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Ruling leaves lone culprit in jogger rape case
NEW YORK -- Imprisoned rapist Matias Reyes described it as "that feeling."
It came over him one night in 1989 after spotting a woman running in Central Park. He said he followed her, raped her, then kept silent for years as five youths were convicted in the attack and served prison sentences.
More than 13 years later -- with a judge throwing out the convictions Thursday based on Reyes' recent confession -- he has emerged as the only remaining culprit in the rewritten version of one of the city's most notorious crimes.
Reyes, 31, already serving life for other convictions, cannot be prosecuted in the jogger case because the statute of limitations has expired. His representatives could not be reached for comment; his former attorney has an unlisted number.
The judge in the original trials of the five convicted said the DNA evidence didn't justify dismissing all charges against them.
Even with the link to Reyes, "there's nothing there, really, that the juries didn't know," state Supreme Court Justice Thomas Galligan said in Friday's edition of Newsday, his first public comments about the decision to clear the suspects.
The court documents, including Reyes' statements, however, paint a disturbing portrait of the man now believed responsible for the attack.
Ring leaves evidence
Reyes has told authorities he was the product of a broken and abusive home. By his late teens, he was a vagrant who slept in a van parked on the street and wore a ring with the figure of a crucified Christ. He told investigators he supported himself by working part-time at a grocery store in Harlem and robbing people in the park.
What turned the petty thief into a vicious predator is unclear. But in 1989, he said, he began a rampage of rapes against women in Manhattan's Upper East Side. He told police "that feeling" would come over him, a recurring urge that led him to murder one woman and sexually attack seven others over an 11-month period.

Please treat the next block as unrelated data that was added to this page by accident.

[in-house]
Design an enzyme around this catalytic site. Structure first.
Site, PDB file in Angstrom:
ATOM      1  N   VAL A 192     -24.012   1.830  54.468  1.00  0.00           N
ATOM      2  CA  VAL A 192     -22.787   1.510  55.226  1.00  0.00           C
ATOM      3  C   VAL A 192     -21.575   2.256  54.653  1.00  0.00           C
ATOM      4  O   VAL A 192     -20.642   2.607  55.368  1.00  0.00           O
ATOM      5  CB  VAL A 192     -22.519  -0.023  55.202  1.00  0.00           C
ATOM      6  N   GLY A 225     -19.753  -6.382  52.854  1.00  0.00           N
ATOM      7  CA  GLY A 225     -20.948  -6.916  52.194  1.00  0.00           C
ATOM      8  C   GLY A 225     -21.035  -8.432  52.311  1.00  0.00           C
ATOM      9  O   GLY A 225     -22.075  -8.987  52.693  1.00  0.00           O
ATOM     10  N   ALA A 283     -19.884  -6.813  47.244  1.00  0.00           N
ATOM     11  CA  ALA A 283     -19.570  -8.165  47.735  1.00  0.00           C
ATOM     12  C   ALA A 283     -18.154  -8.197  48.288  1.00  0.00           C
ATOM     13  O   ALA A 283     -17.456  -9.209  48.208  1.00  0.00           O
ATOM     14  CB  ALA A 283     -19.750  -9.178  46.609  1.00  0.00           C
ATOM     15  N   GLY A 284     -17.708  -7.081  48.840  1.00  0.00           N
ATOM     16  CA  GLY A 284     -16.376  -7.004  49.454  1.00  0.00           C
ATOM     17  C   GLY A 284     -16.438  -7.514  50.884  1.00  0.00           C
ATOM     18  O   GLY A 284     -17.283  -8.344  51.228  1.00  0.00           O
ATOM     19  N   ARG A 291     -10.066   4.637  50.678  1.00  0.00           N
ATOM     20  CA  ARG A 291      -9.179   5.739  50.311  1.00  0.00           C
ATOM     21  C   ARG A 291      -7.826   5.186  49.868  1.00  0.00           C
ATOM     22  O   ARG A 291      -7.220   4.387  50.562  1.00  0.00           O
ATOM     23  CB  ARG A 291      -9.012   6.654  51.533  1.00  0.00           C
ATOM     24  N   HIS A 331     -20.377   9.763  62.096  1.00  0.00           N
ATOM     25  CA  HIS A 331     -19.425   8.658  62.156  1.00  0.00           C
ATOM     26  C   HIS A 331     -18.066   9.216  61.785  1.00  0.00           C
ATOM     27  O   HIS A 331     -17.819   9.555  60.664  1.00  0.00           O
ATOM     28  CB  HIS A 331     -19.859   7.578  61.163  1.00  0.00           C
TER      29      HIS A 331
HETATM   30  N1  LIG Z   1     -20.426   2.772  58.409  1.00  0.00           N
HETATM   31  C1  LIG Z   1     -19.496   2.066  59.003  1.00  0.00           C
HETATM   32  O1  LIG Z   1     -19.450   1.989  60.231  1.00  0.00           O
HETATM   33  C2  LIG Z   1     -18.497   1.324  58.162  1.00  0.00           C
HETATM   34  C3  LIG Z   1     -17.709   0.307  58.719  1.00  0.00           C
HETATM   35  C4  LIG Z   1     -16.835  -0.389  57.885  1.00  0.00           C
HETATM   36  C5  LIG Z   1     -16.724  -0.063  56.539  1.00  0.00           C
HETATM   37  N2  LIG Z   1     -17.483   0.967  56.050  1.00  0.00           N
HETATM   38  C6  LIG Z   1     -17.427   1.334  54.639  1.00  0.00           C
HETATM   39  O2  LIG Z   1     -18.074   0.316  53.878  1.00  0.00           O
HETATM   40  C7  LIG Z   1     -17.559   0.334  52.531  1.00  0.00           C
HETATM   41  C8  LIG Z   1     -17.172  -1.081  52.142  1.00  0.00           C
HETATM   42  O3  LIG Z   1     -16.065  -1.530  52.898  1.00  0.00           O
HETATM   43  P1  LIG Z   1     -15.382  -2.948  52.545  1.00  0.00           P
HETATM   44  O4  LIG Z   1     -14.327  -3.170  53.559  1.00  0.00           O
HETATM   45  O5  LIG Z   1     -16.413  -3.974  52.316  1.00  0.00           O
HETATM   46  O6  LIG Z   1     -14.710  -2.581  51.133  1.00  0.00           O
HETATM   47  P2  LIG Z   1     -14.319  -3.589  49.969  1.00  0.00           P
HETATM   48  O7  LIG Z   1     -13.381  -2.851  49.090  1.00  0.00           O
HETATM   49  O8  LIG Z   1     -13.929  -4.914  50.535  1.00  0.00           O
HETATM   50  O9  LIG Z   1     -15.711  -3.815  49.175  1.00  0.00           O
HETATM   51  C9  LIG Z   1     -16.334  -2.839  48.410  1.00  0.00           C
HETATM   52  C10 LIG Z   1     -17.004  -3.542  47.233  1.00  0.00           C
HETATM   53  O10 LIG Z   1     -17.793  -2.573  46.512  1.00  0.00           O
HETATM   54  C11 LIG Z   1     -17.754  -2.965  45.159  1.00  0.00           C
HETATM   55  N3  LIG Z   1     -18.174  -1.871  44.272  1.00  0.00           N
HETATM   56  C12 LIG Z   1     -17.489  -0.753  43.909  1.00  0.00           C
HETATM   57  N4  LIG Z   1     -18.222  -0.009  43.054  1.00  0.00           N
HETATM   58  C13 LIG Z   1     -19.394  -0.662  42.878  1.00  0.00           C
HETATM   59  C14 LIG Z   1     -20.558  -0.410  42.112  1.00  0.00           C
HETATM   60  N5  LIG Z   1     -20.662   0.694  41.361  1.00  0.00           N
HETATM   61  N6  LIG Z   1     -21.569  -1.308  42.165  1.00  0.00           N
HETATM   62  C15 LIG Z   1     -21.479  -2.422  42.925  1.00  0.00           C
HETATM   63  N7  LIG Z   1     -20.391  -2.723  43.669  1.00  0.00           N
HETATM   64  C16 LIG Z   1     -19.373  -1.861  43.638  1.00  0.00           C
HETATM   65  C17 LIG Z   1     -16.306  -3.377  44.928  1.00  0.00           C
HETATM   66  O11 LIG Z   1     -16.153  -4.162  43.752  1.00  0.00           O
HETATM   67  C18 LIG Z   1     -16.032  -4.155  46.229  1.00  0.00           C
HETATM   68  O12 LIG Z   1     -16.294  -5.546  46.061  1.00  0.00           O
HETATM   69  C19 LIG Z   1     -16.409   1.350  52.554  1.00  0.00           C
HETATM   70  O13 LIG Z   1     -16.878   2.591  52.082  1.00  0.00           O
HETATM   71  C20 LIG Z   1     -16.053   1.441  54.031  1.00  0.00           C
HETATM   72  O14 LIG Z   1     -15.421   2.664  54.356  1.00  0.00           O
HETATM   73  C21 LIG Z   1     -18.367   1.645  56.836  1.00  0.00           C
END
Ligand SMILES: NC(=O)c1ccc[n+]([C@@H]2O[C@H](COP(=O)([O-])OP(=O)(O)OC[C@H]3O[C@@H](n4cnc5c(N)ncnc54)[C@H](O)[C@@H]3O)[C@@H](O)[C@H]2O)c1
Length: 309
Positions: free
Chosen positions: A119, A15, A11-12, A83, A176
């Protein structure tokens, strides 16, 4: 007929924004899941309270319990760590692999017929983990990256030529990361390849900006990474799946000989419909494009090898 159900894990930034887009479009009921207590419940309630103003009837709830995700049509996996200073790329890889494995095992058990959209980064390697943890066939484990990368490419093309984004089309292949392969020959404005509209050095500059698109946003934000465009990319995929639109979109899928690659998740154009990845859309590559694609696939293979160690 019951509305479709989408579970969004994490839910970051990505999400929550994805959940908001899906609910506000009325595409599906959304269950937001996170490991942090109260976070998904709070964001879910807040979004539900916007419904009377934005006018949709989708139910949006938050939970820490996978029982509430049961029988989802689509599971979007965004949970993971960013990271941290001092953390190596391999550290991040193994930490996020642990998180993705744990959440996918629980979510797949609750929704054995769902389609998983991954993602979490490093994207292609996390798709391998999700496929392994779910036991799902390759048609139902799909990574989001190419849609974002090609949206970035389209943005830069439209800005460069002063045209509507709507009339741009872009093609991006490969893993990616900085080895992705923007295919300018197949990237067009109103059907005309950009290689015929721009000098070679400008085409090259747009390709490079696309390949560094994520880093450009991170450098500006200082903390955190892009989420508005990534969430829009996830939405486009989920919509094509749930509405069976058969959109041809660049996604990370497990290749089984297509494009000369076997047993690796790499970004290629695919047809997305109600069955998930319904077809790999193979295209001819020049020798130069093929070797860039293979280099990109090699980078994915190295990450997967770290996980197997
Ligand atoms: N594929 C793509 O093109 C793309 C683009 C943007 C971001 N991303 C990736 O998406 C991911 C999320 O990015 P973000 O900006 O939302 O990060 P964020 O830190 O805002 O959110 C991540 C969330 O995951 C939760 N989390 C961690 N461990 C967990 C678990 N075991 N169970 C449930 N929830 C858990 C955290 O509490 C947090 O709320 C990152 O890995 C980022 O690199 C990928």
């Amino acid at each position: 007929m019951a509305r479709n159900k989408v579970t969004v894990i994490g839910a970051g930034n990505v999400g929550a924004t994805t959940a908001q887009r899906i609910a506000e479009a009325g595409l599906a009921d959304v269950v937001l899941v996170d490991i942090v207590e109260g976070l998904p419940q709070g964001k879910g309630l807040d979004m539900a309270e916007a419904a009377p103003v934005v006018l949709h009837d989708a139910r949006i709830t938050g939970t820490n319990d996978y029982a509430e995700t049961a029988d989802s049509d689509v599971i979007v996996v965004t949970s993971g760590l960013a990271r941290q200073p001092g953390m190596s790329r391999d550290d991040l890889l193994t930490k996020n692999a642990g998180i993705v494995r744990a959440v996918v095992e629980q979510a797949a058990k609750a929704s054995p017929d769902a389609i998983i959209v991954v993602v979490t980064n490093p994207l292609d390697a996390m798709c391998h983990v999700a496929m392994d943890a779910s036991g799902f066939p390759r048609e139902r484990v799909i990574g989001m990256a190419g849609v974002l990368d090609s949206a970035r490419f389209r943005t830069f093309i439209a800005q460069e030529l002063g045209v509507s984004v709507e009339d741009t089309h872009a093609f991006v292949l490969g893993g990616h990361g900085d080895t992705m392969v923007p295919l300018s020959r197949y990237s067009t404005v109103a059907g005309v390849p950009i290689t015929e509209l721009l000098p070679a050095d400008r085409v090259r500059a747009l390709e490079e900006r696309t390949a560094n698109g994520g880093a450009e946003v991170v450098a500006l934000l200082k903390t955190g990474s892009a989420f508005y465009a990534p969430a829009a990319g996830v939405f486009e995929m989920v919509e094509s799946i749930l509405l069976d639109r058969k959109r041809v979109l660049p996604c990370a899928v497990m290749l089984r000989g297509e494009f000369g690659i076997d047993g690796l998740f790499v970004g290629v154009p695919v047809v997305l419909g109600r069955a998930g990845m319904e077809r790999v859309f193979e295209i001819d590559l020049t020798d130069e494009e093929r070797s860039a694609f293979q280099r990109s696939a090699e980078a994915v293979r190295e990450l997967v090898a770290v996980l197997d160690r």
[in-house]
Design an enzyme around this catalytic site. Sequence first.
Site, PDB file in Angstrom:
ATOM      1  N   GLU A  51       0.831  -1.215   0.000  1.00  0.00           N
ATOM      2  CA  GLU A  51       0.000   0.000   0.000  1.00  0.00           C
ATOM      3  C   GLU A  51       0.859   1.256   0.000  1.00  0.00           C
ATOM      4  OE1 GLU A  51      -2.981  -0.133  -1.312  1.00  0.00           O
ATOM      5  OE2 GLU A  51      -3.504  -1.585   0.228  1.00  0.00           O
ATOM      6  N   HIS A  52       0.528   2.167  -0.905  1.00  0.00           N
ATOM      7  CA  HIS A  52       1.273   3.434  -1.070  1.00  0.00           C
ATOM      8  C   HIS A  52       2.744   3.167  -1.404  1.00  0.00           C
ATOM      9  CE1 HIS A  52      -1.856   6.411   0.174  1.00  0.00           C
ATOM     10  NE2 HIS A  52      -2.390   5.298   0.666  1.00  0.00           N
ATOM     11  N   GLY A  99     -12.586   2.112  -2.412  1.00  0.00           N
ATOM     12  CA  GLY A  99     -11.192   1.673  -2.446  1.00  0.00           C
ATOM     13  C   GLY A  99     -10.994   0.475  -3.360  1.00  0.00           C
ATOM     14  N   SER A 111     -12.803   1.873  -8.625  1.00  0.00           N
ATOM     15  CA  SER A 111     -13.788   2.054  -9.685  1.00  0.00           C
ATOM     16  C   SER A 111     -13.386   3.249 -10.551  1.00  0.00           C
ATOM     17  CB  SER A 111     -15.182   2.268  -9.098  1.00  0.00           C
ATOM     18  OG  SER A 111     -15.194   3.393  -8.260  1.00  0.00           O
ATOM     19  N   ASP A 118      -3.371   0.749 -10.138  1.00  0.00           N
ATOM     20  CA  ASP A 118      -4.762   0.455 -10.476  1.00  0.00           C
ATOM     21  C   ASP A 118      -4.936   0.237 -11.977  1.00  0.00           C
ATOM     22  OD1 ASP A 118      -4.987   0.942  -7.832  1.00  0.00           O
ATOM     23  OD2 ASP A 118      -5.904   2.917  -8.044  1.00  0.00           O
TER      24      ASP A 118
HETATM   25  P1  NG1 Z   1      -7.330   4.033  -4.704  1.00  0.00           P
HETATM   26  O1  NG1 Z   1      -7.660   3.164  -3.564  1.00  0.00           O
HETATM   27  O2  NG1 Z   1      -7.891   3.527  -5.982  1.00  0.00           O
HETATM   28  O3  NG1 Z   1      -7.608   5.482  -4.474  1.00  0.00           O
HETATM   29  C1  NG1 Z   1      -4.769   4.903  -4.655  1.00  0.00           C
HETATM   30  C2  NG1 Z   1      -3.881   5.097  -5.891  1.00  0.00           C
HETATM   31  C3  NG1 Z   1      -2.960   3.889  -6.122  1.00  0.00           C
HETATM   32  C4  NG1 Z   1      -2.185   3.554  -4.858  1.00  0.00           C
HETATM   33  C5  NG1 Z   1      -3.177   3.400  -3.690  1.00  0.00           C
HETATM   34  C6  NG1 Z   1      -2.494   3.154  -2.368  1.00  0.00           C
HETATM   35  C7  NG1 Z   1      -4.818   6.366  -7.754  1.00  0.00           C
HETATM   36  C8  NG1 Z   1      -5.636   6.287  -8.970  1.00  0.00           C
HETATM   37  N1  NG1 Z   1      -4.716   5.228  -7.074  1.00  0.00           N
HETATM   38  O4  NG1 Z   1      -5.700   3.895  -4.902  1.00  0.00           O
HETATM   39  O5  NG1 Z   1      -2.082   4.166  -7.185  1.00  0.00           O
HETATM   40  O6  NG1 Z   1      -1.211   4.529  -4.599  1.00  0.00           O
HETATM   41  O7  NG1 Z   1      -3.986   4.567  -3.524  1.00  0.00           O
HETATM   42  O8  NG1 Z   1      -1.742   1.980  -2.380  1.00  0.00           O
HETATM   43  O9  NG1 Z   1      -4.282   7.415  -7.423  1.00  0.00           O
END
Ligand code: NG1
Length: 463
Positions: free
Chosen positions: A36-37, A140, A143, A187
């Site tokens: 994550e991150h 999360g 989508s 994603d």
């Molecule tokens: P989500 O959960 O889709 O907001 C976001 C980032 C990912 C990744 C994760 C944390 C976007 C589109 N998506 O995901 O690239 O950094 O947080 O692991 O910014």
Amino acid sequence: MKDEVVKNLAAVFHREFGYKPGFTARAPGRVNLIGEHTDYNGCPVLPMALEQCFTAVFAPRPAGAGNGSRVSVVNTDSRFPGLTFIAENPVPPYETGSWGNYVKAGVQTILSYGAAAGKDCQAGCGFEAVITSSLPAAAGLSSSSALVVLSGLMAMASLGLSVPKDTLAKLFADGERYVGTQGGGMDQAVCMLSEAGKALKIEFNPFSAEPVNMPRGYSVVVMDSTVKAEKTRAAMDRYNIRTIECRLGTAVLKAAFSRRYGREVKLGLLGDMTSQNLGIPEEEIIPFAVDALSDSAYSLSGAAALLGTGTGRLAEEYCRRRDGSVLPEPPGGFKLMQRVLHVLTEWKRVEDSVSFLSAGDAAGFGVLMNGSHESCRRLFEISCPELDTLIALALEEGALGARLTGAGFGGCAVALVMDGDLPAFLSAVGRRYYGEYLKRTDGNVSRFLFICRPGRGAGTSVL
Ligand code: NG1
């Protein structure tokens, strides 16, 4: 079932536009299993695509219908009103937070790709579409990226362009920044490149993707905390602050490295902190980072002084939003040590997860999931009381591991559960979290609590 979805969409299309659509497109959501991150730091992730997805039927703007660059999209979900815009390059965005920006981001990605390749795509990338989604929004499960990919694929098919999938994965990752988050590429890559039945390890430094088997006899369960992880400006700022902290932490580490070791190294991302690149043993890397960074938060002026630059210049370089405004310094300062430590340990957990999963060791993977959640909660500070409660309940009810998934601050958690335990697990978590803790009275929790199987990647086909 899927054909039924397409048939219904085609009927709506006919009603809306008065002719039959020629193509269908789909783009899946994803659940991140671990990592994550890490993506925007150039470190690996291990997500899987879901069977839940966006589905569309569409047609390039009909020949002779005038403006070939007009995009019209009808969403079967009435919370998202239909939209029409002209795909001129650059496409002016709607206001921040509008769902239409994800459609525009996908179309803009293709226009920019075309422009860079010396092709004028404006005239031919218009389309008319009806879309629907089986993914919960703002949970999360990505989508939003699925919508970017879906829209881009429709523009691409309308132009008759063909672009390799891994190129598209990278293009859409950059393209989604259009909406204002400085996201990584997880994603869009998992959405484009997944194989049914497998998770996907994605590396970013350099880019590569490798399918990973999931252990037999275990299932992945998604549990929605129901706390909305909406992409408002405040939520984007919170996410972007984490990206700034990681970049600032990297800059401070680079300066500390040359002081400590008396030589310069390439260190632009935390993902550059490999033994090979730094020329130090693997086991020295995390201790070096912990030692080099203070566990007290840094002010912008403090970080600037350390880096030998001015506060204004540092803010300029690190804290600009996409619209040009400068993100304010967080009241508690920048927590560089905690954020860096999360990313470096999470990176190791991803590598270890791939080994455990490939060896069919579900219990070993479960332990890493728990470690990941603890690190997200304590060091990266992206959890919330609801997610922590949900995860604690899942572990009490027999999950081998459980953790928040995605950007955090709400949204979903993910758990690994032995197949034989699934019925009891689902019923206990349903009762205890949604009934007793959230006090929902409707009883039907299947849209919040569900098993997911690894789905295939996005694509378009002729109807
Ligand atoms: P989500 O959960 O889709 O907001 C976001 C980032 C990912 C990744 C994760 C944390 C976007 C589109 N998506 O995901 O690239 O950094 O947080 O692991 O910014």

On April 19, 1989, dozens of teenagers from Harlem descended on the park to mug runners and bicyclists -- a crime spree dubbed "wilding." The jogger, a 28-year-old investment banker, was found comatose in a pool of blood. She would recover, but had no memory of her ordeal.
About three months after the attack, Reyes was arrested and eventually convicted of three other rapes and one murder. He wasn't implicated in the Central Park jogger case until early this year, when he summoned investigators and stunned them by claiming he was the victim's sole assailant.
Reyes described leaving the grocery store that night with an urge to cause trouble in the park. Once there, he spotted a fit, blond woman wearing running tights and a Walkman.
Reyes said he trotted up behind the woman and hit her in the back of the head with a tree branch. He said he dragged her into a wooded area, where he raped her.
He said he intended to take her keys and burglarize her apartment. When she refused to tell him where her apartment was, he said, he used a rock to beat her until she was bloodied and unconscious.
A reinvestigation by prosecutors found Reyes' confession was "reliable and accurate" -- a conclusion backed by DNA evidence linking him to the crime.
His story also was supported by one of the jogger's wounds, caused by a punch from the hand on which he wore his ring.
"The victim had an oddly shaped wound on her left cheek, resembling a cross," a prosecution report said.